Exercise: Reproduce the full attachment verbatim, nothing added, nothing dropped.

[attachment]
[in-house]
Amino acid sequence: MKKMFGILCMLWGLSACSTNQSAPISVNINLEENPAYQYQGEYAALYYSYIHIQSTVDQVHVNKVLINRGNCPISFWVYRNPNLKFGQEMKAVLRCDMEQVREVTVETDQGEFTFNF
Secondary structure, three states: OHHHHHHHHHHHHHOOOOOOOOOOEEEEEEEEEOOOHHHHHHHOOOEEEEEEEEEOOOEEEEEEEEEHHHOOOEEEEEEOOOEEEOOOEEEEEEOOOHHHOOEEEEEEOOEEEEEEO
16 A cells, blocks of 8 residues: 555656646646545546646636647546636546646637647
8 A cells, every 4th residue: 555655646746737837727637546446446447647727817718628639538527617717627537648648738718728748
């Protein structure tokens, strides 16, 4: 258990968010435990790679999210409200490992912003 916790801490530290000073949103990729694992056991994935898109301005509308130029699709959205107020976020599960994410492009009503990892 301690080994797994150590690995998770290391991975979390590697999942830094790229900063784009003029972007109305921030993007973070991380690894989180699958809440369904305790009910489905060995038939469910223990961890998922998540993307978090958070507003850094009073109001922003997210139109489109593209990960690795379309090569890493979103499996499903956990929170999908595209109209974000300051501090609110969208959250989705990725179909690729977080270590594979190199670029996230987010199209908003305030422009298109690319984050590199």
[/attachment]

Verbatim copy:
[in-house]
Amino acid sequence: MKKMFGILCMLWGLSACSTNQSAPISVNINLEENPAYQYQGEYAALYYSYIHIQSTVDQVHVNKVLINRGNCPISFWVYRNPNLKFGQEMKAVLRCDMEQVREVTVETDQGEFTFNF
Secondary structure, three states: OHHHHHHHHHHHHHOOOOOOOOOOEEEEEEEEEOOOHHHHHHHOOOEEEEEEEEEOOOEEEEEEEEEHHHOOOEEEEEEOOOEEEOOOEEEEEEOOOHHHOOEEEEEEOOEEEEEEO
16 A cells, blocks of 8 residues: 555656646646545546646636647546636546646637647
8 A cells, every 4th residue: 555655646746737837727637546446446447647727817718628639538527617717627537648648738718728748
């Protein structure tokens, strides 16, 4: 258990968010435990790679999210409200490992912003 916790801490530290000073949103990729694992056991994935898109301005509308130029699709959205107020976020599960994410492009009503990892 301690080994797994150590690995998770290391991975979390590697999942830094790229900063784009003029972007109305921030993007973070991380690894989180699958809440369904305790009910489905060995038939469910223990961890998922998540993307978090958070507003850094009073109001922003997210139109489109593209990960690795379309090569890493979103499996499903956990929170999908595209109209974000300051501090609110969208959250989705990725179909690729977080270590594979190199670029996230987010199209908003305030422009298109690319984050590199």